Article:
Why do programmes need to consider the impact their work will have?
Conservation land has many different values, and all are important. Often when undertaking one bit of work, we can cause an affect in another area.
Taking equipment to clear a tramway
For example, using chemicals to clear fungus and vegetation off a historic bridge can potentially have an impact on the natural ecosystem of the stream below if allowed to drip down.
Another example would be where a fence is built around an area of sand dune for the protection of nesting birds, where the holes required for the fence posts could potentially impact on archaeological sites. These are legally protected under the Historic Places Act.
When should an Assessment of Environmental Effects be done?
An assessment is recommended where work is being undertaken that has the potential to disturb or impact on natural, historic or cultural values.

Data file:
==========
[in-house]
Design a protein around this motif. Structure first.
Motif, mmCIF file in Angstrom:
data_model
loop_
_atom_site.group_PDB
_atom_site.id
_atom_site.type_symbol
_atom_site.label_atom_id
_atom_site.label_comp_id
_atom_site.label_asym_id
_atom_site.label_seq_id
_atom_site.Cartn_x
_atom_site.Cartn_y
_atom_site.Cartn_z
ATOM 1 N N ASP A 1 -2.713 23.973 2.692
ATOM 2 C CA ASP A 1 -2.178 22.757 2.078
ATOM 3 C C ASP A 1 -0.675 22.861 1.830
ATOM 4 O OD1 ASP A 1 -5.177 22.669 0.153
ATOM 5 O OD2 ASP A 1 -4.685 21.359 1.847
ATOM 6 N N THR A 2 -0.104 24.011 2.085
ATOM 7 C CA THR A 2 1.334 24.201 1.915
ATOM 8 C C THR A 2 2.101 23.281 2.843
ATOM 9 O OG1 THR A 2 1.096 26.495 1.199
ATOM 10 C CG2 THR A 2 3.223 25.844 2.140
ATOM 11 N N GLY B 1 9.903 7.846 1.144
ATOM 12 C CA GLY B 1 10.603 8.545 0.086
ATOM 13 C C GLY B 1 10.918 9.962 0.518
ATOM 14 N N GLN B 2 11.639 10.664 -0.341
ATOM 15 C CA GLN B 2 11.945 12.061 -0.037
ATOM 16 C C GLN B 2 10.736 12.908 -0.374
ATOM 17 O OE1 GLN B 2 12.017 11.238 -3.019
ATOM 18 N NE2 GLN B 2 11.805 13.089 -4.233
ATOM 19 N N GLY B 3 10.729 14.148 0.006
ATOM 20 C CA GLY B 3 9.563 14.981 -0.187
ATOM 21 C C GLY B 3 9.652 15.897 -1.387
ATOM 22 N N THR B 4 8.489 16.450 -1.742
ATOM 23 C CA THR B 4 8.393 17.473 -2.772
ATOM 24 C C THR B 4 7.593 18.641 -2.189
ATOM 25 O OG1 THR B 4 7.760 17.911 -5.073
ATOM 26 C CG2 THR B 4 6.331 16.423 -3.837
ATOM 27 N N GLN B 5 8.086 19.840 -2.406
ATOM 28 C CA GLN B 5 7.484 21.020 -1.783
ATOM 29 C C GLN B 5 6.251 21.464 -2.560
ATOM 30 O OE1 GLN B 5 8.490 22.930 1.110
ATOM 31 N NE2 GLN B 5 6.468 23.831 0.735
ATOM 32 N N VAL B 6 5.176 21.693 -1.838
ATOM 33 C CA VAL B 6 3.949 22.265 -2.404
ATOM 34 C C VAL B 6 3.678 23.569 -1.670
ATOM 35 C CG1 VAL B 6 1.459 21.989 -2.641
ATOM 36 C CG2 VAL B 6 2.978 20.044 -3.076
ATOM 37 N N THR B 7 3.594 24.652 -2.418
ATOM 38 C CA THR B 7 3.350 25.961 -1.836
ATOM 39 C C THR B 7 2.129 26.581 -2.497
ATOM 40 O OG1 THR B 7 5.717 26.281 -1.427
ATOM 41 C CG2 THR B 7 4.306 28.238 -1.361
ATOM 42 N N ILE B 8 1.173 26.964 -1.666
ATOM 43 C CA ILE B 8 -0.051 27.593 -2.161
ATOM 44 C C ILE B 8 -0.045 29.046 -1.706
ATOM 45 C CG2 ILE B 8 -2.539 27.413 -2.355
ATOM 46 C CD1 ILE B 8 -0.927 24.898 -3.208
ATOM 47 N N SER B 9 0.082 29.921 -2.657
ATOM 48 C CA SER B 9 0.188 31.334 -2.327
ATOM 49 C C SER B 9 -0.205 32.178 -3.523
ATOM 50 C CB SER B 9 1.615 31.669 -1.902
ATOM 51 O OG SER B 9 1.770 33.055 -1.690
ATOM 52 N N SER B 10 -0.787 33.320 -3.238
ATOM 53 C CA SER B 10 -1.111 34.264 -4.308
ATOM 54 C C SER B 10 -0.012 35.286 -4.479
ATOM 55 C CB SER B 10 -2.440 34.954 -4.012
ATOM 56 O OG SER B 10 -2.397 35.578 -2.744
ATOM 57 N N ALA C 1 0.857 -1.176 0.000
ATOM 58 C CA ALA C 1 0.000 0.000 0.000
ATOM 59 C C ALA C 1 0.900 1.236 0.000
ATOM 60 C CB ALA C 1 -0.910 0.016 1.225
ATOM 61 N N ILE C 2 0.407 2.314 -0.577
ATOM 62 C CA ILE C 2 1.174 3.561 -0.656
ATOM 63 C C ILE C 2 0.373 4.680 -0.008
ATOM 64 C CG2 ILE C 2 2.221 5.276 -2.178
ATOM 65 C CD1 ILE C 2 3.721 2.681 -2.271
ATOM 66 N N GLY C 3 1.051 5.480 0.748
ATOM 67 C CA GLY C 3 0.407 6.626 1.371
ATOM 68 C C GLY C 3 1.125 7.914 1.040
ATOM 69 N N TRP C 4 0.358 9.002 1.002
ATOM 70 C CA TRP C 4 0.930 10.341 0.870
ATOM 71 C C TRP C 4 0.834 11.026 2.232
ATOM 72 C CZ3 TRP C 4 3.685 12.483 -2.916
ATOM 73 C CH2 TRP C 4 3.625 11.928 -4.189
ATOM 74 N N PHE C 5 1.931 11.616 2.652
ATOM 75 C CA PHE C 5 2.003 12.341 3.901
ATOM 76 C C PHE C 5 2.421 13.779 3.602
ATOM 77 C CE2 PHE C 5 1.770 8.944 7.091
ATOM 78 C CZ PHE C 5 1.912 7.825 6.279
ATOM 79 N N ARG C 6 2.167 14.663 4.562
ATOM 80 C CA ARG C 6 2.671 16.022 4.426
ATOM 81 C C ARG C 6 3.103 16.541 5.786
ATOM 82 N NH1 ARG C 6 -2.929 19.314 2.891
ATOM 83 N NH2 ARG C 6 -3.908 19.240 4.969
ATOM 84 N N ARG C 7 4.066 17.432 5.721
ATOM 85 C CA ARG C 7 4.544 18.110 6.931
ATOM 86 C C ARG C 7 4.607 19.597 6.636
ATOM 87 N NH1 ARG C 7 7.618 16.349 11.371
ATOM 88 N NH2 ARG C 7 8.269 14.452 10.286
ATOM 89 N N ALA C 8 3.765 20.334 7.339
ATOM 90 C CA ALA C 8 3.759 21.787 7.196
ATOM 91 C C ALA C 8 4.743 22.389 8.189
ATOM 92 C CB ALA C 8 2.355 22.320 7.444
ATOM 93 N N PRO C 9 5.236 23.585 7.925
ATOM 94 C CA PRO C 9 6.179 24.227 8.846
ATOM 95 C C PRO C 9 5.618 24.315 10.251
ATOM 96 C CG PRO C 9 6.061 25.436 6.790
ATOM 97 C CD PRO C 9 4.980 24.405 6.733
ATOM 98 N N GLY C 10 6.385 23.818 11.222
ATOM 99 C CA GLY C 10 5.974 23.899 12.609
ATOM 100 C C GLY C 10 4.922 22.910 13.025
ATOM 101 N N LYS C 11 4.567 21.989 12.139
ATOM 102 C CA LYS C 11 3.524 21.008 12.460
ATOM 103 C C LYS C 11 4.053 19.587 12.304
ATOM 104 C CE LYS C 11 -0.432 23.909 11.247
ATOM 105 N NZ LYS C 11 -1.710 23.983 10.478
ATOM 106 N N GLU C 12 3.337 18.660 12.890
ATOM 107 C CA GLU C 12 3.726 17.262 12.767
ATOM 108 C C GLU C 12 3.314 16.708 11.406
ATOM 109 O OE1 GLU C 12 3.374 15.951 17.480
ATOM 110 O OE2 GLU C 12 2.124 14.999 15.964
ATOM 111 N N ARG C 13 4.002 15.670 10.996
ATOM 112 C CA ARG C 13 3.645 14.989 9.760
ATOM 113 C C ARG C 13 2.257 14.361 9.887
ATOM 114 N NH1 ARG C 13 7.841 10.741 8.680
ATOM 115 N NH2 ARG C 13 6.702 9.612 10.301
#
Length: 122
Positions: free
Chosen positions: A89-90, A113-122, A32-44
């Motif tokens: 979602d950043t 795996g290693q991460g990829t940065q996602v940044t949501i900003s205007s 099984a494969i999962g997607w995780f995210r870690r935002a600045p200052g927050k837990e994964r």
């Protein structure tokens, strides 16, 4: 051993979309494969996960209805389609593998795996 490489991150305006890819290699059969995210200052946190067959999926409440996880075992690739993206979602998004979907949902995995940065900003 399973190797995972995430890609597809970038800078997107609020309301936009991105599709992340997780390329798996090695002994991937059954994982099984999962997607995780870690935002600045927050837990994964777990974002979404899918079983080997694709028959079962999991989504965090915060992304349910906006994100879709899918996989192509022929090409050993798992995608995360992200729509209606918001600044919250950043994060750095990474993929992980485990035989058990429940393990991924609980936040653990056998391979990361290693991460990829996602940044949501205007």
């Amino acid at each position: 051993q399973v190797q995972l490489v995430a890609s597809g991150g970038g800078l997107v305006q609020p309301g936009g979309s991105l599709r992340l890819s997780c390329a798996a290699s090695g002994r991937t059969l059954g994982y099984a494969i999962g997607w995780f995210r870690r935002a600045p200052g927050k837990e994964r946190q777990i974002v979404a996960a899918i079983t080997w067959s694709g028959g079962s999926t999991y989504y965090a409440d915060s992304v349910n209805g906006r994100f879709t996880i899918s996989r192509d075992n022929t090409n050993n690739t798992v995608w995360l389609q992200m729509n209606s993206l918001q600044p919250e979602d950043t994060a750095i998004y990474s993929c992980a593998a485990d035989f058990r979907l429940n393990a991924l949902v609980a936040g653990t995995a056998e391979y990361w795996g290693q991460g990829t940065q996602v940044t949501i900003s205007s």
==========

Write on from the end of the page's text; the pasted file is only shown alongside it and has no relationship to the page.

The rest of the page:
What does the assessment cover?
Preserving an historic bridge
Assessments include information about:
- Site description
- Objective of the programme
- Description of the work
They will consider the effect on:
- Visitor use and appreciation
- The character of the landscape
- Archaeological and historic values
- Cultural and spiritual values
- Wildlife and native flora
- Waterways and other natural systems
They should provide advice on:
- Recommended actions to be undertaken to avoid, remedy or mitigate any adverse effects
- Details about monitoring requirements
DOC can provide specialist advice on how to avoid any potential threats to natural, cultural or historic values and whether there are any legal requirements that need to be met.